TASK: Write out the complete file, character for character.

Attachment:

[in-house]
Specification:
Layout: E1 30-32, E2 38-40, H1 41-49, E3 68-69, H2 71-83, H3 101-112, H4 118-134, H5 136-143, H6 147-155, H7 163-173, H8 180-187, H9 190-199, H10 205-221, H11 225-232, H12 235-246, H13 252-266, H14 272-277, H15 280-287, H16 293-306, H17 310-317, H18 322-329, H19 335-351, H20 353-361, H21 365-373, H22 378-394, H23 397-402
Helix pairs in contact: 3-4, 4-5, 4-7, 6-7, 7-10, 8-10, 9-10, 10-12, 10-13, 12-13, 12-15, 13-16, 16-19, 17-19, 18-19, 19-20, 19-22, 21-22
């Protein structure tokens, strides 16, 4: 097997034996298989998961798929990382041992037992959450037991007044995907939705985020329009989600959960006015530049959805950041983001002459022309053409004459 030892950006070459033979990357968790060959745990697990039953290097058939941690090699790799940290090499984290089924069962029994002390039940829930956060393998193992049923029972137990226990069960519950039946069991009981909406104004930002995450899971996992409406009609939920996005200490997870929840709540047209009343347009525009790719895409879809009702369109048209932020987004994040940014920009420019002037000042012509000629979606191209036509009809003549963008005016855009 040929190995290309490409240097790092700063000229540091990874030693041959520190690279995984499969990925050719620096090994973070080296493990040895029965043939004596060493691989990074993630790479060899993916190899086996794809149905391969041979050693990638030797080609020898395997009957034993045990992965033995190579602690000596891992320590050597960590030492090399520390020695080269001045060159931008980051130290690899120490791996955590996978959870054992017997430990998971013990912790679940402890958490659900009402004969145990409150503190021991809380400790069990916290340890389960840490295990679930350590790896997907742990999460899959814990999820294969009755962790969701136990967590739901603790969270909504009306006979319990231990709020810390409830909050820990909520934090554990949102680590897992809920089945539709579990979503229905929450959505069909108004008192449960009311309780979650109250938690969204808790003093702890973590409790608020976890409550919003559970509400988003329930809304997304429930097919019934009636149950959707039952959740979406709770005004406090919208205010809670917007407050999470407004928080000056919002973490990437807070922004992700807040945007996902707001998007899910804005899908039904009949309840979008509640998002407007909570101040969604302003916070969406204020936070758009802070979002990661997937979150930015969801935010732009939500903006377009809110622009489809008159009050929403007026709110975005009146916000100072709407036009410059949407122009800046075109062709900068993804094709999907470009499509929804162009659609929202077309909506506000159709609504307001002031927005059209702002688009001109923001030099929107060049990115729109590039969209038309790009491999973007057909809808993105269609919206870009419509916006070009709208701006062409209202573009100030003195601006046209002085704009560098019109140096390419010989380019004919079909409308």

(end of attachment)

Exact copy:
[in-house]
Specification:
Layout: E1 30-32, E2 38-40, H1 41-49, E3 68-69, H2 71-83, H3 101-112, H4 118-134, H5 136-143, H6 147-155, H7 163-173, H8 180-187, H9 190-199, H10 205-221, H11 225-232, H12 235-246, H13 252-266, H14 272-277, H15 280-287, H16 293-306, H17 310-317, H18 322-329, H19 335-351, H20 353-361, H21 365-373, H22 378-394, H23 397-402
Helix pairs in contact: 3-4, 4-5, 4-7, 6-7, 7-10, 8-10, 9-10, 10-12, 10-13, 12-13, 12-15, 13-16, 16-19, 17-19, 18-19, 19-20, 19-22, 21-22
């Protein structure tokens, strides 16, 4: 097997034996298989998961798929990382041992037992959450037991007044995907939705985020329009989600959960006015530049959805950041983001002459022309053409004459 030892950006070459033979990357968790060959745990697990039953290097058939941690090699790799940290090499984290089924069962029994002390039940829930956060393998193992049923029972137990226990069960519950039946069991009981909406104004930002995450899971996992409406009609939920996005200490997870929840709540047209009343347009525009790719895409879809009702369109048209932020987004994040940014920009420019002037000042012509000629979606191209036509009809003549963008005016855009 040929190995290309490409240097790092700063000229540091990874030693041959520190690279995984499969990925050719620096090994973070080296493990040895029965043939004596060493691989990074993630790479060899993916190899086996794809149905391969041979050693990638030797080609020898395997009957034993045990992965033995190579602690000596891992320590050597960590030492090399520390020695080269001045060159931008980051130290690899120490791996955590996978959870054992017997430990998971013990912790679940402890958490659900009402004969145990409150503190021991809380400790069990916290340890389960840490295990679930350590790896997907742990999460899959814990999820294969009755962790969701136990967590739901603790969270909504009306006979319990231990709020810390409830909050820990909520934090554990949102680590897992809920089945539709579990979503229905929450959505069909108004008192449960009311309780979650109250938690969204808790003093702890973590409790608020976890409550919003559970509400988003329930809304997304429930097919019934009636149950959707039952959740979406709770005004406090919208205010809670917007407050999470407004928080000056919002973490990437807070922004992700807040945007996902707001998007899910804005899908039904009949309840979008509640998002407007909570101040969604302003916070969406204020936070758009802070979002990661997937979150930015969801935010732009939500903006377009809110622009489809008159009050929403007026709110975005009146916000100072709407036009410059949407122009800046075109062709900068993804094709999907470009499509929804162009659609929202077309909506506000159709609504307001002031927005059209702002688009001109923001030099929107060049990115729109590039969209038309790009491999973007057909809808993105269609919206870009419509916006070009709208701006062409209202573009100030003195601006046209002085704009560098019109140096390419010989380019004919079909409308």